Thessaloniki Waterfront Promenade, Greece
Image by Dimitris Vetsikas from Pixabay

If you choose to walk along the waterfront promenade to the White Tower, you’ll walk past two of the city’s most famous squares – Eleftherias Square and Aristotelous Square – perfect for people watching or just to take a break and enjoy the sea breeze.

If you’re interested to visit local markets, walk along Aristotelous Street (main street leading to the Square) and you’ll find Agora Modiano and Kapani Market. The Kapani market is definitely the more traditional one whereas Agora Modiano is more upscale and modern. If you’re looking to sample local food, then head to Agora Modiano. There are artisan bakeries, delis, cheese stores etc with plenty of choices.

The Great Thessaloniki Fire of 1917 forever changed the cityscape of Thessaloniki. The fire raged for 32 hours, destroying roughly two-third of the city centre. The Greek government hired French architect Ernst Hรฉbrard to design a modern urban plan. The wide avenues, grand squares and neoclassical buildings is the result of this urban plan.

5. Thessaloniki’s Upper Town (Ano Poli)

Trigonio Tower in Upper Town of Thessaloniki, Greece

Thessaloniki’s historic Upper Town survived the Great Fire of 1917, so the maze of cobbled streets, traditional Ottoman-era houses and centuries-old Byzantine monuments can still be seen. It’s a bit out of the way and (in my opinion), too far to walk from the port but it’s easily accessible by bus. Here’s what to see – they are all marked in my map above๐Ÿ‘†:

  • Heptapyrgion of Thessaloniki: Also known as Yedi Kule, this Byzantine and Ottoman-era structure is at the highest point of Upper Town. Its long history includes a period as a notorious prison. Great views of the city from here!
  • Acropolis of Thessaloniki: This hilltop Acropolis is where the ancient city of Thessaloniki originated.
  • Vlatadon Monastery: This 14th century Byzantine monastery is still in operation today. There’s lovely gardens, with beautiful frescoes and icons.
  • Walls & Towers: Remnants of the city’s ancient fortifications still encircle Ano Poli. Hike up to the impressive Trigonio Tower (Chain Tower), a 15th-century Ottoman structure offering sweeping panoramic vistas of the city, Thermaic Gulf, and even Mount Olympus on clear days.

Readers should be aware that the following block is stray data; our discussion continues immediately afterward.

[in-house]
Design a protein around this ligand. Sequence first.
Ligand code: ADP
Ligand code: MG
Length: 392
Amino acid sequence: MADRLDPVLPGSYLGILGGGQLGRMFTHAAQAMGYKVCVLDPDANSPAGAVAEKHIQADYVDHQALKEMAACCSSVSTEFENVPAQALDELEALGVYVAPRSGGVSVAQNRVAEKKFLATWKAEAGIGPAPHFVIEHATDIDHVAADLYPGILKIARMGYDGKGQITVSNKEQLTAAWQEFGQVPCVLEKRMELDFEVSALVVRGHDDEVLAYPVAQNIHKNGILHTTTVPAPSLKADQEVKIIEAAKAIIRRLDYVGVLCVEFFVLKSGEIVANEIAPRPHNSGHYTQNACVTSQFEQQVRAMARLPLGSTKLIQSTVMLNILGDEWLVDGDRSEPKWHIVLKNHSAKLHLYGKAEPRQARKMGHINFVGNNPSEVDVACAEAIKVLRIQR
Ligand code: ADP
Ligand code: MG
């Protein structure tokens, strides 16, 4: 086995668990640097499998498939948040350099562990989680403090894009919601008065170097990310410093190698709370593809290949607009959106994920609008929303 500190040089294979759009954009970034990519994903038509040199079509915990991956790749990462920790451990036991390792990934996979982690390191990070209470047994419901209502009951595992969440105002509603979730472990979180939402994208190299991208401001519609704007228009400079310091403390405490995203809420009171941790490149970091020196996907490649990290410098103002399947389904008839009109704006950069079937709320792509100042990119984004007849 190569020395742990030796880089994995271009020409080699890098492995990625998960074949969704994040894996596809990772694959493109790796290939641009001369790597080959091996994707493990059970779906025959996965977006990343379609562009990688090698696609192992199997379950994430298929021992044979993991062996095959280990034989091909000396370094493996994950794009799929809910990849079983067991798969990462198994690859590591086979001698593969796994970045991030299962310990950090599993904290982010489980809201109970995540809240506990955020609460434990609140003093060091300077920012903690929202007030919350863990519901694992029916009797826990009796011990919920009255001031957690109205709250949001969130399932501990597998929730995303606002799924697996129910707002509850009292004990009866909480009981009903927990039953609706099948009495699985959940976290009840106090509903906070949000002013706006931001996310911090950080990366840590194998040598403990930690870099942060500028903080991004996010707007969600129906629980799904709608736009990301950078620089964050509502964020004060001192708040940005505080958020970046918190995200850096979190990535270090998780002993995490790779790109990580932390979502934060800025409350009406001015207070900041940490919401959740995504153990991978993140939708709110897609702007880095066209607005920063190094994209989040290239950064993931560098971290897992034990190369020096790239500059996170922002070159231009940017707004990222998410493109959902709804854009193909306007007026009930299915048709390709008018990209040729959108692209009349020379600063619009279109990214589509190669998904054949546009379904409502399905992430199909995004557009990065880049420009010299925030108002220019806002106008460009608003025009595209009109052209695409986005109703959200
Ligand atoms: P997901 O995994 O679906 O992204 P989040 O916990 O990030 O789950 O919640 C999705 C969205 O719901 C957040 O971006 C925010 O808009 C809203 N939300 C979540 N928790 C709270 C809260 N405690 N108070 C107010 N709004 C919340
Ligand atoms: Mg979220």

• Pasha Gardens: Find a tranquil oasis within the urban landscape at Pasha Gardens. This hidden gem, dotted with olive trees and flowerbeds, is a romantic spot with incredible city views. Legend has it that this is where St Paul the Apostle taught when he visited Thessaloniki around 49 or 50 AD during his second missionary journey. (The Acts of the Apostles provide an account of his time in Thessaloniki.)
  • Eastern Walls: Stroll along a section of the restored Eastern Walls. These 4th century walls formerly extended all the way to the seafront.

How to Get There:

  • Bus #23 from Thessaloniki cruise port “Limani” stop will take you directly to the Heptapyrgion – see stops marked on my map above ๐Ÿ‘†
  • Cultural Bus #50 will take you from the White Tower to Trigonio Tower, and you can walk up to the Heptapyrgion and Acropolis.

Tip: If you’re keen to see the Upper Town, I would recommend making it your first stop of the day. Catching the bus from the port and getting dropped off at the Heptapyrgion makes this an easy DIY excursion – no walking uphill! You can then gradually walk down the hill, doing stops at Trigonio Tower and Pasha’s Gardens. Alternatively, if you find yourself at the Waterfront running out of things to do in the afternoon, get the #50 bus from the White Tower.

Featured Image by Alexander from Pixabay

I hope this guide has helped you plan the perfect Thessaloniki port day! May your time in this captivating city be filled with unforgettable discoveries and a taste of authentic Greek charm. If you’ve found this information valuable, please share it with your fellow cruisers in your roll calls โ€“ let’s spread the word about exploring Thessaloniki independently!